| Mr. Francisco Sandoval
Mr. Francisco Sandoval
Mentor: Dr. Rhonda Voskuhl
Major: Physiological Science
Title: Synergistic anti-inflammatory and neuroprotective effects of Interferon Beta and Estrogen Receptor β Ligand treatment in Experimental Autoimmune Encephalomyelitis
Francisco Sandoval is a third year student majoring in Physiological Science. He began conducting research in the laboratory of Dr. Rhonda Voskhul in fall 2007 and works under the direct supervision of graduate student Sienmi Du. The Voskuhl laboratory uses the mouse model Experimental Autoimmune Encephalomyelitis (EAE) to study Multiple Sclerosis (MS), a chronic inflammatory autoimmune disease that affects the central nervous system.
MS results in demyelination of white matter, leading to neurodegeneration in the CNS. Interferon beta (IFNβ) is a widely approved therapy for MS and EAE. Other labs have shown that treatment with IFNβ in EAE leads to indirect neuroprotection through anti-inflammatory activity. Our lab has recently shown that diarylpropionitrile (DPN), an estrogen receptor-beta ligand, is directly neuroprotective, with no evidence of anti-inflammatory effects in EAE. It is therefore likely that IFNβ and DPN work through separate mechanisms to reduce EAE. Possible synergism between IFNβ and DPN were tested in ameliorating EAE. The spinal cord of EAE mice was evaluated late in disease for changes in axonal density and macrophage infiltration. EAE mice treated with the combination of IFNβ and DPN exhibited a lesser degree of clinical disease and reflected significantly higher axonal densities and less infiltrating cells compared to vehicle treated animals. Our work provides evidence that there is a synergistic effect between IFNβ and DPN without antagonistic side effects in EAE progression. Our findings demonstrate that these drugs combined suppress EAE severity providing greater neuroprotection than IFNβ alone, suggesting a valuable alternative in therapeutic strategy for MS patients.
| Ms. Irma Ortiz
Ms. Irma Ortiz
Mentor: Dr. Volker Hartenstein
Major: Molecular, Cell and Developmental Biology
Title: Analysis of Neuronal Morphology in the Absence of Glia
Irma Ortiz is a third year undergraduate student majoring in MCDB. Dr. Volker Hartenstein and graduate student, Shana Spindler are mentoring her. She is conducting research on glial cells and their possible effect on neuron branching morphology. Glial cells have been implicated in neuroblast proliferation and axonal pathfinding. Two apoptosis-inducing genes, hid and reaper, were expressed in Drosophila glial cells under the temperature sensitive UAS/Gal4 promoter Nirvana 2 (Nrv 2). UAS Green Fluorescence protein (UASGFP), also driven in glial cells by the Nrv 2 promoter, allowed a visualization of glia via GFP fluorescence. An antibody against Repo, a glia specific protein, was used to visualize glia when GFP was not expressed at non-permissive temperatures. At 18 oC, GFP and the pro-apoptotic genes were not expressed and glial cells were present. At 29 oC, however, the pro-apoptotic genes were active and Repo staining confirmed that glial cells were absent. By Comparing Drosophila brains with and without glia, there were differences in the axon branching points. The next approach would be to conduct more experiments to confirm the results. A second approach would be to do temperature shifting in pupa and late third instar larva to follow axon branching throughout development in brains with and without glia.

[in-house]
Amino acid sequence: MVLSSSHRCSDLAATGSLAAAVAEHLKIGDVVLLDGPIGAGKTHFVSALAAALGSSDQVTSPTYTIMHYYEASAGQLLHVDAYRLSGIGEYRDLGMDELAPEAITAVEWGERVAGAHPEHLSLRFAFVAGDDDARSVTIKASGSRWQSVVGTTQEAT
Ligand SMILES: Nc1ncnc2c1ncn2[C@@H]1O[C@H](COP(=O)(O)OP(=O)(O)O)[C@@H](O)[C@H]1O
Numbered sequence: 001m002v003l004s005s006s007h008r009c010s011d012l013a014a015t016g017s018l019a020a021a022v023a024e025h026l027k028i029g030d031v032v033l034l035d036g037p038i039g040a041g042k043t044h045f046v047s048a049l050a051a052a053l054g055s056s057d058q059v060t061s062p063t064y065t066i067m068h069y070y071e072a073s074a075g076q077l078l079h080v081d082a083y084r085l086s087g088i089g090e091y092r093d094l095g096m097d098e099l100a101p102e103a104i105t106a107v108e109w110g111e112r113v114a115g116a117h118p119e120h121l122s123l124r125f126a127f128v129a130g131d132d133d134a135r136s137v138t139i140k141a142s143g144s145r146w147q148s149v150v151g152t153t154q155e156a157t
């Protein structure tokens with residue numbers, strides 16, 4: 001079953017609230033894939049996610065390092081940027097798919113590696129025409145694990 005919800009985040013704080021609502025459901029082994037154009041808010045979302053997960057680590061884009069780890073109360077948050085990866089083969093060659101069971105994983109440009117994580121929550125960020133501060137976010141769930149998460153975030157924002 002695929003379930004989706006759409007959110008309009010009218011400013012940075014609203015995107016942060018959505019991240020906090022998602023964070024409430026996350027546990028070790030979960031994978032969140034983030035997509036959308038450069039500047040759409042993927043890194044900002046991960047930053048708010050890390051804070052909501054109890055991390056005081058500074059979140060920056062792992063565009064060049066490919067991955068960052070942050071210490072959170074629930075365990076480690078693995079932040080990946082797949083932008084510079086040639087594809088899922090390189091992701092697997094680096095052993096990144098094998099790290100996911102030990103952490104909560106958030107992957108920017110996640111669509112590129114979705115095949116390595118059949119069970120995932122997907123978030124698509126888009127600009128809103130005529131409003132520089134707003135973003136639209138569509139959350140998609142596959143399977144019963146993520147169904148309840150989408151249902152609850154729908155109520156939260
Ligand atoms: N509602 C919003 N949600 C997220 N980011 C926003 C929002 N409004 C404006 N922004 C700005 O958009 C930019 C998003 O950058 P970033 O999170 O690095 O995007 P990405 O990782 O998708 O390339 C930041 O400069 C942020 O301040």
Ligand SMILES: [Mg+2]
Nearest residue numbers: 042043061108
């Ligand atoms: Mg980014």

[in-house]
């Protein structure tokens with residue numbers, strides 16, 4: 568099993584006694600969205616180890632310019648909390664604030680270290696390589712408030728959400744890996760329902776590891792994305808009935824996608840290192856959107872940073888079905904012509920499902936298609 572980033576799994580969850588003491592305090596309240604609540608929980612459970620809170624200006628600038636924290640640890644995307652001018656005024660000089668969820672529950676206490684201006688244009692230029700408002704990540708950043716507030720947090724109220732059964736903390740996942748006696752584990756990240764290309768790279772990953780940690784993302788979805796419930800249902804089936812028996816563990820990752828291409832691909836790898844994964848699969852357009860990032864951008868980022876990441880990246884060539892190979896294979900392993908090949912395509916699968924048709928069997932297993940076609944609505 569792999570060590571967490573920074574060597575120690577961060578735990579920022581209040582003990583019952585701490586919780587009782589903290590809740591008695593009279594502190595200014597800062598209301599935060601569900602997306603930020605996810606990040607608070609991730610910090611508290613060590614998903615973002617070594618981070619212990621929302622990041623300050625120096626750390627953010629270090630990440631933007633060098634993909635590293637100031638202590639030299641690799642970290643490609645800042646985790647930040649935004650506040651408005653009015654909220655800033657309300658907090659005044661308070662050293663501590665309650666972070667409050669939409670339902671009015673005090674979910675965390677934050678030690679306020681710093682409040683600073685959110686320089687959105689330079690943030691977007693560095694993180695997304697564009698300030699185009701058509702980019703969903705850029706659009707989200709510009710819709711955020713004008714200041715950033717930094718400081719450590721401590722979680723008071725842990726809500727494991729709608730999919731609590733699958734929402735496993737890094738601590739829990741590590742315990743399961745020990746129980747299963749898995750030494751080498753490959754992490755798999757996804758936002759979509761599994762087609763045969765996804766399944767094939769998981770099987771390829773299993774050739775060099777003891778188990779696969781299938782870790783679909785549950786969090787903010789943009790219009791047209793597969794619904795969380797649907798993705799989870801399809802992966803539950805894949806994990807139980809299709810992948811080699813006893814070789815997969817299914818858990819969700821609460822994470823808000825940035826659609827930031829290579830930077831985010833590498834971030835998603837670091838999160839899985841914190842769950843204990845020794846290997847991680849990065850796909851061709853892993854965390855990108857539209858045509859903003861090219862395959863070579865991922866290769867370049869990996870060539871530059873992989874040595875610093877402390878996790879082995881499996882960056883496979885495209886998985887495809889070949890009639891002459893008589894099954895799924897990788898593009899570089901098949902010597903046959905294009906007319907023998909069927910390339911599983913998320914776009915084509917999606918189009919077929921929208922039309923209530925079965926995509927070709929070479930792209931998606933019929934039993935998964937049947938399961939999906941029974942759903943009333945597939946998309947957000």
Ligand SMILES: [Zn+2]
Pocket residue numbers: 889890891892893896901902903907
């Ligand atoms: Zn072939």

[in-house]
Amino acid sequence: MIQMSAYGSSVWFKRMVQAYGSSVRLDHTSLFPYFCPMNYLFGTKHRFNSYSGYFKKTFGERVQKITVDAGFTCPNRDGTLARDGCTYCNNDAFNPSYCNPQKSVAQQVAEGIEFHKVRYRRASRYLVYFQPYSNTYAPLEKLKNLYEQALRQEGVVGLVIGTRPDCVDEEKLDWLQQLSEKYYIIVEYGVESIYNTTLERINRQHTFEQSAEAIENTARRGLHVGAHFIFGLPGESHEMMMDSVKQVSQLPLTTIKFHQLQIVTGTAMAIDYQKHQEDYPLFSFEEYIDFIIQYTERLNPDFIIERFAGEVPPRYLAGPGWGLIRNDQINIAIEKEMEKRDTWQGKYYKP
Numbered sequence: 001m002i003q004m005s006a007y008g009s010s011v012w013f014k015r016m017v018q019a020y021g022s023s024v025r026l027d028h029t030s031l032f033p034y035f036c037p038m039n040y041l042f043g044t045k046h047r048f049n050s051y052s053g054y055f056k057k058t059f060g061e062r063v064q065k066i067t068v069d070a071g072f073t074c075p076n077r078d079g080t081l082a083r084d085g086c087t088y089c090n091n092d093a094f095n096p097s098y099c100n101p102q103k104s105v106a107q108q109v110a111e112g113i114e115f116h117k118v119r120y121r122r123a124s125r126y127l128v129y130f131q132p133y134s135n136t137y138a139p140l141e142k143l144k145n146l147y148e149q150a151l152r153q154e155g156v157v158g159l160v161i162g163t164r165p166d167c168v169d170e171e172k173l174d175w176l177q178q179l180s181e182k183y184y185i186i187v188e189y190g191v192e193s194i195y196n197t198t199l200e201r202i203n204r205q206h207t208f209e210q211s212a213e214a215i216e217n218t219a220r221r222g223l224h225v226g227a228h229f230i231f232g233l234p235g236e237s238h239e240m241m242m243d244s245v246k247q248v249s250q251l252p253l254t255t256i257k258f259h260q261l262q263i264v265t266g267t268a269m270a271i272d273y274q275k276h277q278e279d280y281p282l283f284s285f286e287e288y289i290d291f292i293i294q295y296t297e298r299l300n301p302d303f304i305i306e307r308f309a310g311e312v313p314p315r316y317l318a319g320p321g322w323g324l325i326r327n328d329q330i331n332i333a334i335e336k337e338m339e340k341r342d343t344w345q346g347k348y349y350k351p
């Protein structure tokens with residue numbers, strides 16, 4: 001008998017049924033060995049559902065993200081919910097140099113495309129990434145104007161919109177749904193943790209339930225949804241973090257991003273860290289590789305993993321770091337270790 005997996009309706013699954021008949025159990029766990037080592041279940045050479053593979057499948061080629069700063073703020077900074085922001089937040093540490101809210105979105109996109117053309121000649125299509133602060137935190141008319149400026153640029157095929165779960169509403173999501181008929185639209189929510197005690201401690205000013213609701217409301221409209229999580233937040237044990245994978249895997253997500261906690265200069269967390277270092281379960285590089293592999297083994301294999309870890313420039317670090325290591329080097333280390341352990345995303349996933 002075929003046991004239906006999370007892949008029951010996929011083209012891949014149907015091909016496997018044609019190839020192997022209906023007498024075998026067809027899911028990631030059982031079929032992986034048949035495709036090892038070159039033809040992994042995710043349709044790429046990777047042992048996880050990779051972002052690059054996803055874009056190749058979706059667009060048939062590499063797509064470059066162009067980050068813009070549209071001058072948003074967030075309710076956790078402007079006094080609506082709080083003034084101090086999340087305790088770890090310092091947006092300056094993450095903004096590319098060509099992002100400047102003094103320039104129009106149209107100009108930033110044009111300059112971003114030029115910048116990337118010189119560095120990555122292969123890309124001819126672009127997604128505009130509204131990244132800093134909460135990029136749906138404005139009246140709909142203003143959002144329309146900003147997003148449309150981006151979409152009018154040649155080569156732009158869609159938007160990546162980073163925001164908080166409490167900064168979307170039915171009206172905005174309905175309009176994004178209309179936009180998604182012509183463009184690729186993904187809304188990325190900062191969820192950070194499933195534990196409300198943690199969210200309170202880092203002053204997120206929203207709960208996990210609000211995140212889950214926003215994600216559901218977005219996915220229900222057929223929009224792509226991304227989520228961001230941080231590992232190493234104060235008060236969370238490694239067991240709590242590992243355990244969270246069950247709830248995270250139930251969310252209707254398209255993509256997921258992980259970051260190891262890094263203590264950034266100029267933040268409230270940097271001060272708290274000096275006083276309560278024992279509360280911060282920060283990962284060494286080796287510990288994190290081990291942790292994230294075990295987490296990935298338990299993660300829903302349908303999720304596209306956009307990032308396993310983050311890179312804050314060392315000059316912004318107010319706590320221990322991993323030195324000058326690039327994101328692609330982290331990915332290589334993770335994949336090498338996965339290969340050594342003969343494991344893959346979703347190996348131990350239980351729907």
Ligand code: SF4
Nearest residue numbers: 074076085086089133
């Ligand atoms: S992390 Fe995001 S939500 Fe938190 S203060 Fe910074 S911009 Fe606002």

| Ms. Raylene Moreno
Ms. Raylene Moreno
Mentor: Dr. Jennifer Jay
Major: Civil and Environmental Engineering
Title: Bacterial Inactivation in Beach Sediments of Santa Monica Bay
Raylene has been working with Dr. Jay in the Department of Civil and Environmental Engineering since her Freshman year at UCLA. She has worked closely with Ph.D. candidate, Kathryn Mika, researching the persistence of fecal indicator bacteria and pathogens in beach sediments. Through field testing and bench-scale microcosms, Raylene investigates how biological and physical factors (solar radiation, mechanical mixing, temperature, and moisture) influence die-off rates of E.coli, Enterococci, and Salmonella in beach sediments following coastal sewage spills.
Ms. Moreno hopes to continue working with Dr. Jay for the duration of her undergraduate career. She will pursue research in the field of engineering throughout her graduate studies. She is very grateful to the CARE staff, Dr. Jay, and her graduate students, for making this experience possible.
| Ms. Lanny Gov
Ms. Lanny Gov
Mentor: Dr. Benhur Lee
Major: Microbiology, Immunology and Molecular Genetics
Title: Effects of Galectin-1 Treated Dendritic Cells on T-cell Polarization
Lanny is a fourth year Microbiology, Immunology, and Molecular Genetics student with a minor in Classical Civilization. She has been conducting research under the mentorship of Dr. Benhur Lee since January 2008. Her current project focuses on dendritic cells (DCs), professional antigen-presenting cells that play a role in both the innate and adaptive arms of the immune system.